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Final decision made on caribou habitat

November 27, 2012
The final area set aside as critical habitat for the woodland caribou (in blue, upper left) was significantly reduced from the 375,552 acres originally proposed (outlined in red. In the final designation, between 6,000 and 9,500 acres are in Boundary County.
The U.S. Fish and Wildlife Service announced today its final critical habitat designation for the southern Selkirk Mountains population of woodland caribou (Rangifer tarandus caribou).

This herd of woodland caribou were photographed in British Columbia, where most of the caribou reside.
The southern Selkirk Mountains population of woodland caribou has been protected under the Endangered Species Act as an endangered species since 1984. It occurs in the Selkirk Mountains of northern Idaho and northeastern Washington and British Columbia.

The Service is designating 30,010 acres in Idaho’s Boundary County and Washington’s Pend Oreille County as critical habitat because they contain the physical and biological features essential to the conservation of the species.

The final designation, modified from the 2011 proposed 375,552-acre designation, is a result of 150 days of public involvement and extensive analysis that included public information meetings, hearings, comment periods, scientific peer review, and a reexamination of information regarding occupancy at the time of the caribou listing.

"Input from local residents, sportsmen and county leaders is critical in making a determination about critical habitat for the woodland caribou," said Idaho Senator Mike Crapo, a member of the Senate Environment and Public Works Committee, which oversees the U.S. Fish Wildlife Service and the Endangered Species Act. "It is appropriate for the U.S. Fish and Wildlife Service to appropriately modify the critical habitat proposal to better balance the caribou's recovery needs with recreational and other human use of Idaho's landscape."

In the original proposal, Boundary County bore the brunt of the acreage to have been set aside, encompassing much of the county's west side, and county commissioners lobbied hard to have that acreage reduced, enlisting the aid of Idaho's Congressional delegation and taking an active role in the USFWS public process. Their efforts paid off in the final decision, with fewer than 9,000 acres in the northwest corner of the county being designated.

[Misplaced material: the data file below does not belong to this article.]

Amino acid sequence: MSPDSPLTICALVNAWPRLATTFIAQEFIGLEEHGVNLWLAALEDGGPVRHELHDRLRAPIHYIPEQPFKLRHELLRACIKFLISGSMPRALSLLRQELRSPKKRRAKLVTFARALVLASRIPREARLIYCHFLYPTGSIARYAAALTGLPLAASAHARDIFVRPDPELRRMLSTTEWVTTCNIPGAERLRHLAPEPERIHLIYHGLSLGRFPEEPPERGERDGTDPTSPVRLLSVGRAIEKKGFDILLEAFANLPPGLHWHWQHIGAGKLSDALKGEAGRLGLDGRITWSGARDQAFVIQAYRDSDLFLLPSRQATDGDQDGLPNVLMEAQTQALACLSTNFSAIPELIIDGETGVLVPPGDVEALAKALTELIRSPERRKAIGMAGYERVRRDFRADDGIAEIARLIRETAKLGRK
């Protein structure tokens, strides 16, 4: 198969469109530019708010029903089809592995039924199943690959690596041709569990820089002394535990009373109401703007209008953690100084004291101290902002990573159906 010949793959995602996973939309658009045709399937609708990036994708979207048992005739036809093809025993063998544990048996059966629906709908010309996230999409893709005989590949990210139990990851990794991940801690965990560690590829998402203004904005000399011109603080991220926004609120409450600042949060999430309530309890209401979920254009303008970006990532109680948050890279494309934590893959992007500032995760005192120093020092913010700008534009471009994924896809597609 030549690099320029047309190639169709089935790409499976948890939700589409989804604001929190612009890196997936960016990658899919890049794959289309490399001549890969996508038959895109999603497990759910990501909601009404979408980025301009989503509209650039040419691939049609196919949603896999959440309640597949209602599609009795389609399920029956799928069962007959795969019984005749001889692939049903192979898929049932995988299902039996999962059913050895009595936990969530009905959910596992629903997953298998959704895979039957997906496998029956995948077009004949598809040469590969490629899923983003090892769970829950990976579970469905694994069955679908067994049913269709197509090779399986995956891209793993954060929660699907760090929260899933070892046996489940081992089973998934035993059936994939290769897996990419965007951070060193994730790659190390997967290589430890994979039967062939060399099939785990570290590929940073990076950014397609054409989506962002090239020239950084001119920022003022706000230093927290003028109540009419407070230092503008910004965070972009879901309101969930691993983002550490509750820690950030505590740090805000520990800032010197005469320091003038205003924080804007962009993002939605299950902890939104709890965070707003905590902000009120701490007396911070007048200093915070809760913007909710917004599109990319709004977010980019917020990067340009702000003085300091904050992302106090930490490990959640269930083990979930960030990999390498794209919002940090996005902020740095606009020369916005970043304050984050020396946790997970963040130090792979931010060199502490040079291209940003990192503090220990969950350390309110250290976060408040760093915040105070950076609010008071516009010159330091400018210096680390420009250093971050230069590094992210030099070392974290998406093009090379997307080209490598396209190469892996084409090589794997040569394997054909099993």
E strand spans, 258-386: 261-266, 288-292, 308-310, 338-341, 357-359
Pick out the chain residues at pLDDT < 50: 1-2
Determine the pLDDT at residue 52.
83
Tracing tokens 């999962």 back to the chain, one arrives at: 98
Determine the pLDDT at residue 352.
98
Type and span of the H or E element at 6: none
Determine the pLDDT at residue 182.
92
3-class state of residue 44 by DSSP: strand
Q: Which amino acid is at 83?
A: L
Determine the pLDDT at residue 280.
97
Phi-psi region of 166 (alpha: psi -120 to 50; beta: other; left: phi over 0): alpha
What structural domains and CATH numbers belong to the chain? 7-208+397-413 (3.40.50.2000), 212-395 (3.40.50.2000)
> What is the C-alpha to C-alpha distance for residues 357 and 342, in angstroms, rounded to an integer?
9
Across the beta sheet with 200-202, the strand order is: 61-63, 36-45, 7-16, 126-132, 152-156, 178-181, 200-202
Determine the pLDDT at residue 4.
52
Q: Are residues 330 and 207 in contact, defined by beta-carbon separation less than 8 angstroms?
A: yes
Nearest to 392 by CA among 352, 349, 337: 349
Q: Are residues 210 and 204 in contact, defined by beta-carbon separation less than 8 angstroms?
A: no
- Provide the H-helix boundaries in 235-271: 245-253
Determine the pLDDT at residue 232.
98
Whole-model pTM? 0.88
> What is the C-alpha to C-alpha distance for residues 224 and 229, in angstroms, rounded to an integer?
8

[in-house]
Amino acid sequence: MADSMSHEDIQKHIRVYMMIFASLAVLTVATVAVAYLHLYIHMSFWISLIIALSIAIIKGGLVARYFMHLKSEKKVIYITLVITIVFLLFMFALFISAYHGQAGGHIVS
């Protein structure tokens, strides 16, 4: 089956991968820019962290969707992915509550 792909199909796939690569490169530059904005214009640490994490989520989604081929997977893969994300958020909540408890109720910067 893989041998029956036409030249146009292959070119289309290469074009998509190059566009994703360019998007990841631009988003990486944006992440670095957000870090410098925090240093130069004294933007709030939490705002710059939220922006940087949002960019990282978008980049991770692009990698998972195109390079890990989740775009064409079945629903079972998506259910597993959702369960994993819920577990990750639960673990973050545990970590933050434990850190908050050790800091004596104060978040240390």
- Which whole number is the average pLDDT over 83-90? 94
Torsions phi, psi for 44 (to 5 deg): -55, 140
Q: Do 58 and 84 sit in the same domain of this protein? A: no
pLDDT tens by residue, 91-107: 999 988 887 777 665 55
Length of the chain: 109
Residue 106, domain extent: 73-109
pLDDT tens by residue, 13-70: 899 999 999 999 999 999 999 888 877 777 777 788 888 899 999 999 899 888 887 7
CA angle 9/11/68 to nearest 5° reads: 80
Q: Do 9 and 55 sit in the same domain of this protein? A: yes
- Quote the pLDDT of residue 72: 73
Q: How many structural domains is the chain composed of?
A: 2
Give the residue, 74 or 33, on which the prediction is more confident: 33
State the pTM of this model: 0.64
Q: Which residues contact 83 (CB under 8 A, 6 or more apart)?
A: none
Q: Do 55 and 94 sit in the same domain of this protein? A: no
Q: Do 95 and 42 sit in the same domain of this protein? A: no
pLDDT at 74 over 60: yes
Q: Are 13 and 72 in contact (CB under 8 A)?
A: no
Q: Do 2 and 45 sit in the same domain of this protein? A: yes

"It was a good decision," said commissioner Dan Dinning.

“Thoughtful inquiry and scientific information was presented to us by Tribes, citizens, federal and State agencies, elected officials and other interested parties. Because of this, we have a modified rule that adheres to policy, is responsive to issues raised by others, and most importantly, addresses priority habitat for caribou conservation,” said Brian T. Kelly, the Service’s Idaho State Supervisor. “We are most appreciative of the time invested by many during the comment periods, public meetings and hearings. We look forward to participation in the collaborative conservation of this species in the future.”

Under the ESA, the Service is required to identify the most important geographic areas that are critical to the conservation of a listed species. The critical habitat designation requires federal agencies to consult with the Service on federal actions that may affect critical habitat, and prohibits federal agencies from carrying out, funding, or authorizing the destruction or adverse modification of the habitat.

Activities undertaken by private landowners that do not involve any federal funding, permits or other activities are not affected by a critical habitat designation. The designation does not affect land ownership or establish a refuge, wilderness, reserve, preserve or other conservation area, and it does not allow government or public access to non-federal lands.

The U.S. District Court, Eastern District of Washington, required the Service to submit a final critical habitat designation under the terms of a Settlement Agreement with Defenders of Wildlife, Lands Council, Selkirk Conservation Alliance, and the Center for Biological Diversity, which petitioned the Service to designate critical habitat for the caribou.

The final critical habitat designation; proposed rule; draft economic analysis; maps; public comments and reports are available at, or by appointment during normal business hours at the Idaho Fish and Wildlife Office’s Spokane and/or Boise offices.

For more information, please contact Bryon Holt of the Service’s Idaho Fish and Wildlife Office at 509-893-8014, or by email at

The ESA provides a critical safety net for America’s native fish, wildlife and plants, and to date has prevented the extinction of hundreds of imperiled species across the nation, as well as promoting the recovery of many others. America’s fish, wildlife and plant resources belong to all of us, and ensuring the health of imperiled species is a shared responsibility.

We’re working to actively engage conservation partners and the public in the search for improved and innovative ways to conserve and recover imperiled species. To learn more about the Endangered Species Program, go to
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